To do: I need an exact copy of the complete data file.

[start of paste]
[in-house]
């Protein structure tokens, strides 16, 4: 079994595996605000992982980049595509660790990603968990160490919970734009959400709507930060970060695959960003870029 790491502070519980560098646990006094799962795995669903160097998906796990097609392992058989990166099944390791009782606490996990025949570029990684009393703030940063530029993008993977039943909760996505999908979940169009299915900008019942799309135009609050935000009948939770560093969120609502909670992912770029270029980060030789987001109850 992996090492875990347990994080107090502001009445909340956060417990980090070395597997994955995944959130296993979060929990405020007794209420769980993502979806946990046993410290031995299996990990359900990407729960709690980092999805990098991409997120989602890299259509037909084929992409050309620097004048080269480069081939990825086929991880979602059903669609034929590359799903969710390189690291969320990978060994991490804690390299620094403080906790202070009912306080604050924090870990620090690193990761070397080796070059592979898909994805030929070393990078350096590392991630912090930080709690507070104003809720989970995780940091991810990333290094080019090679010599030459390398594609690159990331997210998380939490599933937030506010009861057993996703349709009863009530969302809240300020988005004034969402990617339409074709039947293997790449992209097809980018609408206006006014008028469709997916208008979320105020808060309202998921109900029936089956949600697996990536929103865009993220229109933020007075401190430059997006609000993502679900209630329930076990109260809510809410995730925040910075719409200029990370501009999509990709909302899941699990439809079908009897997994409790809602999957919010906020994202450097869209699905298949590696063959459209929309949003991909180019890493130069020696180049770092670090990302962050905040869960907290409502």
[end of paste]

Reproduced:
[in-house]
């Protein structure tokens, strides 16, 4: 079994595996605000992982980049595509660790990603968990160490919970734009959400709507930060970060695959960003870029 790491502070519980560098646990006094799962795995669903160097998906796990097609392992058989990166099944390791009782606490996990025949570029990684009393703030940063530029993008993977039943909760996505999908979940169009299915900008019942799309135009609050935000009948939770560093969120609502909670992912770029270029980060030789987001109850 992996090492875990347990994080107090502001009445909340956060417990980090070395597997994955995944959130296993979060929990405020007794209420769980993502979806946990046993410290031995299996990990359900990407729960709690980092999805990098991409997120989602890299259509037909084929992409050309620097004048080269480069081939990825086929991880979602059903669609034929590359799903969710390189690291969320990978060994991490804690390299620094403080906790202070009912306080604050924090870990620090690193990761070397080796070059592979898909994805030929070393990078350096590392991630912090930080709690507070104003809720989970995780940091991810990333290094080019090679010599030459390398594609690159990331997210998380939490599933937030506010009861057993996703349709009863009530969302809240300020988005004034969402990617339409074709039947293997790449992209097809980018609408206006006014008028469709997916208008979320105020808060309202998921109900029936089956949600697996990536929103865009993220229109933020007075401190430059997006609000993502679900209630329930076990109260809510809410995730925040910075719409200029990370501009999509990709909302899941699990439809079908009897997994409790809602999957919010906020994202450097869209699905298949590696063959459209929309949003991909180019890493130069020696180049770092670090990302962050905040869960907290409502």